Richard III

Some time ago I did briefly consider a change of career. I looked into becoming an archaeologist: in the end I decided that I could not take the cut in salary. However, I have an abiding fondness for the past, and when not reading on things political, I will often tackle something with a historical bent.

I am fascinated by today’s news confirming that the remains of King Richard III have been discovered. I hope that we will see a facial reconstruction at some point.

Richard III two-year reign was terminated by his death in battle, and his nemesis took the throne. My wandering mind does wonder what this does to the argument for a hereditary monarchy, because Queen Elizabeth II is not the closest direct descendent of King Richard III. In fact, the line of descent twists and turns throughout the centuries to suit the convenience of vested interests.

The most extreme example I can think of is George I, who had 56th people in front of him in terms of succeeding to Queen Anne’s throne, all disqualified because of their Catholicism.


3 Responses to Richard III

  1. God moves in mysterious ways … divine right and all that!

  2. Timothy (likes zebras) says:

    I am in principle a Republican, but… I had a chat with an Australian friend of mine who had voted to keep the Monarchy in the referendum, on the basis that he did not like the proposed replacement. It was an interesting conversation, because it depends on what you want the head of state to do.

    Anyway, this is by way of introducing my criticism of your point about the hereditary monarchy, because the point of the glorious revolution is that we do not have a hereditary monarchy, but we have a monarchy appointed by an Act of Parliament. Parliament is sovereign. Parliament decides who succeeds to the throne. And they’ve basically decided to assign the monarchy to the descendants of George I’s mother, [provided they aren’t Catholic] so that they could stop worrying about it. This was a big step forward at the time, because religious wars had been causing untold damage across Europe for centuries.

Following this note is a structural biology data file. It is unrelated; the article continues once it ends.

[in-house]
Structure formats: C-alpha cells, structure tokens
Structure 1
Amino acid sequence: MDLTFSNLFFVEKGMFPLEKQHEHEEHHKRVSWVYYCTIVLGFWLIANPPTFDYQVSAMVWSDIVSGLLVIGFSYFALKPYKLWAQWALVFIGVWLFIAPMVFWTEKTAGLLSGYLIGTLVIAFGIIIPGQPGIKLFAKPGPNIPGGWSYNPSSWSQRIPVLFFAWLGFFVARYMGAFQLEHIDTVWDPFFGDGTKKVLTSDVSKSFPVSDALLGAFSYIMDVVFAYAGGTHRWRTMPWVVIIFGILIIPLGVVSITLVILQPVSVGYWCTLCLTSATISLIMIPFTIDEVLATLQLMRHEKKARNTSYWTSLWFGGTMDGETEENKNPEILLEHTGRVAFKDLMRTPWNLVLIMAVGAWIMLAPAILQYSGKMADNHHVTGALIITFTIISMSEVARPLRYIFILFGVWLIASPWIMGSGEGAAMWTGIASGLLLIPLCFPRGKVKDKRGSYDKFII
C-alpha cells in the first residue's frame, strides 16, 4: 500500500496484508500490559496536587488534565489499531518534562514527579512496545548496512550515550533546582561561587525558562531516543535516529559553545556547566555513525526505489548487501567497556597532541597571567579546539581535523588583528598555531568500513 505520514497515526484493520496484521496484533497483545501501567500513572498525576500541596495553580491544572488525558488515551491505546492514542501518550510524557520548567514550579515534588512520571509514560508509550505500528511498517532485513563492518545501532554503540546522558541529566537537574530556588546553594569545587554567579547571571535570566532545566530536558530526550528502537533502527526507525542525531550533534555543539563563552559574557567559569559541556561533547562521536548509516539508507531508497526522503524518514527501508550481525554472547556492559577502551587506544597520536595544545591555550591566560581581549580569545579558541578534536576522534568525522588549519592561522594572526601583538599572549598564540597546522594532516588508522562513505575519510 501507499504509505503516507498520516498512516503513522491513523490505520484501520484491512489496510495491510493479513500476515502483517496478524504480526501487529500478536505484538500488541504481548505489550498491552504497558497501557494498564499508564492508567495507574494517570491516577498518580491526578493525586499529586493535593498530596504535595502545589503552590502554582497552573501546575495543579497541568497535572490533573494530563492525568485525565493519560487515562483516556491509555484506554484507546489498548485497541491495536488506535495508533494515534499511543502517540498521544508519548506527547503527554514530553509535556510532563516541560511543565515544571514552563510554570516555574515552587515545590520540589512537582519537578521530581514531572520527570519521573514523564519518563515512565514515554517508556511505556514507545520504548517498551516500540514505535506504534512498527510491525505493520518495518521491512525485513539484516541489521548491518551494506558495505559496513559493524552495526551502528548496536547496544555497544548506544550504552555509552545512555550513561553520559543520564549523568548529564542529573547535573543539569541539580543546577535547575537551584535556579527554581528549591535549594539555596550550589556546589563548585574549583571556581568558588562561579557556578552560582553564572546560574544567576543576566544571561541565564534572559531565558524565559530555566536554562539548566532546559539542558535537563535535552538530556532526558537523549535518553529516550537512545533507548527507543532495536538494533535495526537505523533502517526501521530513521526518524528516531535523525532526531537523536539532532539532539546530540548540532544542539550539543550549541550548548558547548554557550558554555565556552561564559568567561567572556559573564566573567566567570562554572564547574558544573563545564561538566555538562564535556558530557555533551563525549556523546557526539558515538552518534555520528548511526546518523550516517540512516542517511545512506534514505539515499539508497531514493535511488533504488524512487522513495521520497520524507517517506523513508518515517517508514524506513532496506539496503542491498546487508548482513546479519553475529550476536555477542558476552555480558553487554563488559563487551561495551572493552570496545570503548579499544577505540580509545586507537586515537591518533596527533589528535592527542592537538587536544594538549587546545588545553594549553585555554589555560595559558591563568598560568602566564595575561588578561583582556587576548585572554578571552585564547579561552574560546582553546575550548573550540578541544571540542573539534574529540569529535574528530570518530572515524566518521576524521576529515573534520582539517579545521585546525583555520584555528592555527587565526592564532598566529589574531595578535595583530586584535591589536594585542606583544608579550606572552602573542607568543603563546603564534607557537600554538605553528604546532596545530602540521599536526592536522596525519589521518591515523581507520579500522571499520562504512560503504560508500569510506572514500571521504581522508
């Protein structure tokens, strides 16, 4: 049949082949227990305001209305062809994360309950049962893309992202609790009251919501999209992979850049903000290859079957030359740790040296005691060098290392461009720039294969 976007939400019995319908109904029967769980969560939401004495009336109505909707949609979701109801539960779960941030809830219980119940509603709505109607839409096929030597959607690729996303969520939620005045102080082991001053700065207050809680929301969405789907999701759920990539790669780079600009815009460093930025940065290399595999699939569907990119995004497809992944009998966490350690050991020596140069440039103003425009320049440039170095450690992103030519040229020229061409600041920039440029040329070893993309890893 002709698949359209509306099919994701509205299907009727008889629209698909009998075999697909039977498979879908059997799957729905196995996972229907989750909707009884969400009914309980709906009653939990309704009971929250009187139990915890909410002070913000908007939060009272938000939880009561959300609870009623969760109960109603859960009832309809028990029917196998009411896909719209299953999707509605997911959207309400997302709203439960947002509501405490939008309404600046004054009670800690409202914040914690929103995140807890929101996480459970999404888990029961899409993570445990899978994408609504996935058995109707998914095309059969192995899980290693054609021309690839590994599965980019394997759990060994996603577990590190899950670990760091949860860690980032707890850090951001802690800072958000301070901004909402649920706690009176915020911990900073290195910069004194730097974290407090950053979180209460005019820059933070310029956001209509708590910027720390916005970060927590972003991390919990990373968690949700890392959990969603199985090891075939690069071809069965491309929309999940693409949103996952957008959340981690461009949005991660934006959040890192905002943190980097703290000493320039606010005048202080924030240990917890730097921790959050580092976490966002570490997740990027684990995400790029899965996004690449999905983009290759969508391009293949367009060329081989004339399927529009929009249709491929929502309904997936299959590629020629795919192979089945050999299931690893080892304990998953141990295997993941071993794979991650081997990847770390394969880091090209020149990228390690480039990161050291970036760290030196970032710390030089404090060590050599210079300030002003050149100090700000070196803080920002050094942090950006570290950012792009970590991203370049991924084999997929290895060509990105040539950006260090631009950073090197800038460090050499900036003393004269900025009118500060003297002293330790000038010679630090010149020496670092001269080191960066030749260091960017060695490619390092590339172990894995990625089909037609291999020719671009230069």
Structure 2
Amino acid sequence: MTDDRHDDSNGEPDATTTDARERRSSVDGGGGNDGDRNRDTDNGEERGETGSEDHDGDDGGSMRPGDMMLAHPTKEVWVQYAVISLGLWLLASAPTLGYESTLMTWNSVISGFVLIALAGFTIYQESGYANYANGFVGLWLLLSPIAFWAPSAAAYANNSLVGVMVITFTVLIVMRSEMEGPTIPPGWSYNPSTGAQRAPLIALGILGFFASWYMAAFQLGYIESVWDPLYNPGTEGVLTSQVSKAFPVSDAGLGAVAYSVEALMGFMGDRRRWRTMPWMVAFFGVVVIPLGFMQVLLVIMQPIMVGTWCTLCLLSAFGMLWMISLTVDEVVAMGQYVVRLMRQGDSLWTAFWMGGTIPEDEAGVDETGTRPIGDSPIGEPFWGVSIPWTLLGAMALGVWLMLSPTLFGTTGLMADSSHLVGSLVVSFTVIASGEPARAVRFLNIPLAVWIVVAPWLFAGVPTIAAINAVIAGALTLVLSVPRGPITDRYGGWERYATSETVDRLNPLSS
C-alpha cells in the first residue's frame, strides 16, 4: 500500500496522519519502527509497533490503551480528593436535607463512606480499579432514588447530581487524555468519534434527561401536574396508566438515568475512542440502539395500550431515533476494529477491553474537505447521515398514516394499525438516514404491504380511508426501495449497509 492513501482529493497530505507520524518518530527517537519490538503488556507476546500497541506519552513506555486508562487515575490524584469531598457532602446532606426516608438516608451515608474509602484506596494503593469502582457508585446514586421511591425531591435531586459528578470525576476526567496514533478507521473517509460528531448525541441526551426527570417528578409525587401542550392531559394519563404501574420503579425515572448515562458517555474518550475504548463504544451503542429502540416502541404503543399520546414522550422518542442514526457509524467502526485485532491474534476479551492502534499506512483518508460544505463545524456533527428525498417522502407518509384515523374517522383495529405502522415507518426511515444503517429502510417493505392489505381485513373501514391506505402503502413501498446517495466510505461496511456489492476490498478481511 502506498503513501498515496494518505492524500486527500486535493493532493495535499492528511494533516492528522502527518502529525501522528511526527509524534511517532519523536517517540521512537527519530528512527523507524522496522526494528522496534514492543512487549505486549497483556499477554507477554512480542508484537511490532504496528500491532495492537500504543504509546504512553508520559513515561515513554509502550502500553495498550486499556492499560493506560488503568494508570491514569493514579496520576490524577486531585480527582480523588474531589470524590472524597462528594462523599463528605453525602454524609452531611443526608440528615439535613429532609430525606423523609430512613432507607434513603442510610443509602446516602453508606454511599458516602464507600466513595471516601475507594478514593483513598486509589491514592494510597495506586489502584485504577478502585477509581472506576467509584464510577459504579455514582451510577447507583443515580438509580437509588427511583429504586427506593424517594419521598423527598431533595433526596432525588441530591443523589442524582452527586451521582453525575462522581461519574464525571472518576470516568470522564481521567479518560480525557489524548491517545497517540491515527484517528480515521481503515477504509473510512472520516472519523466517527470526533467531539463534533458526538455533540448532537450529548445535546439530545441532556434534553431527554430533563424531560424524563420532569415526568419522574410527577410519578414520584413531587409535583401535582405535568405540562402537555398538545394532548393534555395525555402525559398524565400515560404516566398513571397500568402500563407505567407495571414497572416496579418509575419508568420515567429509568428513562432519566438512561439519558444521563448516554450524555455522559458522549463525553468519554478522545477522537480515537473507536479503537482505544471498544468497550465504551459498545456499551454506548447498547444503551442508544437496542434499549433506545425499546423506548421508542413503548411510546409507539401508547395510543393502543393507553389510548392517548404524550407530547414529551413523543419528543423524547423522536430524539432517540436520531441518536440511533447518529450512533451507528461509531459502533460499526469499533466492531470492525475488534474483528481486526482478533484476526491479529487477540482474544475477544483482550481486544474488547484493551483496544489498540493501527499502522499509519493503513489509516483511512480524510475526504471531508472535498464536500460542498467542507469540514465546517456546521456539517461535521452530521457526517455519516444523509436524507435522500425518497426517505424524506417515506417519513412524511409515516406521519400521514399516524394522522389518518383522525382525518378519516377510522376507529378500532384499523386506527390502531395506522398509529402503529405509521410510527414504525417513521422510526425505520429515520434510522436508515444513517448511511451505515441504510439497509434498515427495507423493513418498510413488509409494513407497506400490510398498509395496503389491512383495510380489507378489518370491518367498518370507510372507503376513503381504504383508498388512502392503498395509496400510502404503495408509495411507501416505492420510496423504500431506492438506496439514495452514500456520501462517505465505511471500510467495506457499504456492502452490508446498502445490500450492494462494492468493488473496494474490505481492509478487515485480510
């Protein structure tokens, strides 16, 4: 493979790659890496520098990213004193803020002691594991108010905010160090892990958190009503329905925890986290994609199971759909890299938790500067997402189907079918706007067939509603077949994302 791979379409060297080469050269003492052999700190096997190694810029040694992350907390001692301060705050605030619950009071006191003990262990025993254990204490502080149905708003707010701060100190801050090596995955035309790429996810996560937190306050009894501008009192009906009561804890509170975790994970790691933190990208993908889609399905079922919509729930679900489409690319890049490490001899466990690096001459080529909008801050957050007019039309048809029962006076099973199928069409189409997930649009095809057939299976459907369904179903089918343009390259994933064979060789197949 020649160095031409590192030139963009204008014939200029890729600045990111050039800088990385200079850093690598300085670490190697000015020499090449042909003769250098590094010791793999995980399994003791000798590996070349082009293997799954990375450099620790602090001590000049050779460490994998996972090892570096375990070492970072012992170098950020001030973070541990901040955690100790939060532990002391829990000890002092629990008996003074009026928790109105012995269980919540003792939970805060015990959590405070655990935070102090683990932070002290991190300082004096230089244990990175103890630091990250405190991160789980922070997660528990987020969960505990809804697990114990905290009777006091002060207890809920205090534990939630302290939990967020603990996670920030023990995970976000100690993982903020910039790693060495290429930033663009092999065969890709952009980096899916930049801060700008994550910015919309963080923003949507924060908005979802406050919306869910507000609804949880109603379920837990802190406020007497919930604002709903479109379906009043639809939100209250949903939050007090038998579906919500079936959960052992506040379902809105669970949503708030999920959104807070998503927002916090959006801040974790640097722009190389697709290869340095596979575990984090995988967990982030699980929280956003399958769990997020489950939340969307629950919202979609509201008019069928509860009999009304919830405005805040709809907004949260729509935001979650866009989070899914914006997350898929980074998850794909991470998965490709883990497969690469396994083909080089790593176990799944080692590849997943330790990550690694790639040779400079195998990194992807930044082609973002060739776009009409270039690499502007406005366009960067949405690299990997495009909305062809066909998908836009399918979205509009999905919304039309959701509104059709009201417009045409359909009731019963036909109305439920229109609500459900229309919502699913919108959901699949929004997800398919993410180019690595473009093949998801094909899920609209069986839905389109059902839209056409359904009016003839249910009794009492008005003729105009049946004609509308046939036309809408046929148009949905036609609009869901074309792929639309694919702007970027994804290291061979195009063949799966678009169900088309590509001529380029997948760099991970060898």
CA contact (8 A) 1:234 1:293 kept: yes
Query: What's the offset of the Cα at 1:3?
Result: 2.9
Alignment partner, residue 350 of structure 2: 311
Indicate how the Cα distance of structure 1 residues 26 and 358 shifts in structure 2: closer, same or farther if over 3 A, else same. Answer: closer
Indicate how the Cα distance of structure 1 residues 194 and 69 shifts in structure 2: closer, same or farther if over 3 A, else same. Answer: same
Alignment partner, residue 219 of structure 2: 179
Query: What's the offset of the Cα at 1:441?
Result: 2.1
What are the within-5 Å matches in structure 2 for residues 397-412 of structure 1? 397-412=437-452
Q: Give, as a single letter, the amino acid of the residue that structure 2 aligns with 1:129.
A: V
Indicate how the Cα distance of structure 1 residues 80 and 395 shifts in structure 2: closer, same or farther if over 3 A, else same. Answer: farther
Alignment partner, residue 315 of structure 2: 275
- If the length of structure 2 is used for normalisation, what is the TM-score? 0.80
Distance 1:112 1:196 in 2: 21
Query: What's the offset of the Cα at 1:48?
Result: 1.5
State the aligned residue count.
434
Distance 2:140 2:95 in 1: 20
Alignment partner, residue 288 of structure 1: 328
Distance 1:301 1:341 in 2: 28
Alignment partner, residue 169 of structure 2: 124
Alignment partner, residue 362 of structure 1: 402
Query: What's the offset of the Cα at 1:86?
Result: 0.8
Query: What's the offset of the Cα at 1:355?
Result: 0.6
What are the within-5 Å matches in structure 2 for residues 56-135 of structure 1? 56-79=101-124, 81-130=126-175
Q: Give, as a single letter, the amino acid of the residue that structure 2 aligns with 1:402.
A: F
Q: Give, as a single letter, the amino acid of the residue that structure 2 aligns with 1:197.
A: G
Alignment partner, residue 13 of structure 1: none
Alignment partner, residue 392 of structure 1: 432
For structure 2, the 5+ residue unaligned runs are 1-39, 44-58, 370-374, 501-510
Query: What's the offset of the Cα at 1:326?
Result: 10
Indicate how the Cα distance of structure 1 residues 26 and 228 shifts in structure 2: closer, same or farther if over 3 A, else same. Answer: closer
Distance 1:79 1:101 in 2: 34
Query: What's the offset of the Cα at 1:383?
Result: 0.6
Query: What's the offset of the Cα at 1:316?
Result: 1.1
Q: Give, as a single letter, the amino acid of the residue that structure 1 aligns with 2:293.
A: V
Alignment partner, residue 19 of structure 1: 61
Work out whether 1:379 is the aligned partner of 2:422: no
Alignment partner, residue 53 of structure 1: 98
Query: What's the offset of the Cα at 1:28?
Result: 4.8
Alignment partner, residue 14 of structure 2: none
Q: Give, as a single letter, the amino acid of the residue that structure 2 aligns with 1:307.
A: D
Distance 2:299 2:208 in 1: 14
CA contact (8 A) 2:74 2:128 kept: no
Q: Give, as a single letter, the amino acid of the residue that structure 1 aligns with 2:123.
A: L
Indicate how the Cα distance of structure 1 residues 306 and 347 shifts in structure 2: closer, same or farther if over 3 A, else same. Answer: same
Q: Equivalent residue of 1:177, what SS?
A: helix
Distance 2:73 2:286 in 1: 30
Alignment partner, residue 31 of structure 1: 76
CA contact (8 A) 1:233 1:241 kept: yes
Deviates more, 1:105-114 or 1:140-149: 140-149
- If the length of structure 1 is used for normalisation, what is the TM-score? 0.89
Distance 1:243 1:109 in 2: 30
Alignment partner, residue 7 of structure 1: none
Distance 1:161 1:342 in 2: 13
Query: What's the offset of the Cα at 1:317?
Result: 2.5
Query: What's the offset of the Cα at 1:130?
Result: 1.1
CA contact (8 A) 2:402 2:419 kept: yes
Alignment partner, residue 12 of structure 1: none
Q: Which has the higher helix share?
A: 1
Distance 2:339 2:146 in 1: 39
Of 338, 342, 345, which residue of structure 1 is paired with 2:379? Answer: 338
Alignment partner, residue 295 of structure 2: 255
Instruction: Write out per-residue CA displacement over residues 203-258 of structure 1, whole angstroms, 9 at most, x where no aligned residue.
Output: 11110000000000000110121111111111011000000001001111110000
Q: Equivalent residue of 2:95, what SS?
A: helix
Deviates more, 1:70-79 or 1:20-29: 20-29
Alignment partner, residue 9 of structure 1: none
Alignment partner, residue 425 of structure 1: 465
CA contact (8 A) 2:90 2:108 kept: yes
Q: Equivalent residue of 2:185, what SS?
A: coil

The current political consensus is that the present arrangements work because they result in a head of state who is not political, and therefore one hopes can be relied upon to be independent if required to be so because of a political crisis. I can appreciate that this would not necessarily be the case were the President to be elected, either directly or indirectly, and it is an argument that has some merit.

    And so this more nuanced view of the present constitution then poses difficult questions for Republicans (such as myself). Do we really want to replace the monarchy with an elected, overtly political, head of state? If there is some virtue in having an apolitical head of state, can we think of a better way that doesn’t entrench class privilege as the present situation – where the Queen sits at the apex of a large land-holding aristocracy – does?

    I’ve long been in favour of replacing the House of Lords with a second chamber populated by members of the public chosen at random, to ensure that there is a voice free of party patronage at the centre of political power. It appeals to me to have different selection procedures for the different parts of government: election for the Commons, randomness for the Lords, inheritance for Head of State? Or perhaps the Head of State could be appointed in some way, perhaps by a selection panel formed of all the Commonwealth citizens who possess a Nobel Prize?

    When I am in a supermarket and I am faced with a giant shelf of dozens of different types of coffee I often find myself thinking that there is too much choice. This can be the same with politics. There is such a thing as too many elections – because it can be hard to make a choice if you don’t have enough information to discriminate between the options presented. This is why I think we could do with looking at more inventive ways to improve existing institutions then simply to call for them to be elected.

  3. You can’t beat democracy. There is a reasonable argument for the PM to be Head of State, although by having a separately elected role one could theoretically get a non-politocal appointment. However, since I think that politics of some sort or another infects almost all endeavours then I see no problem with a political president – it works for the U.S.A.

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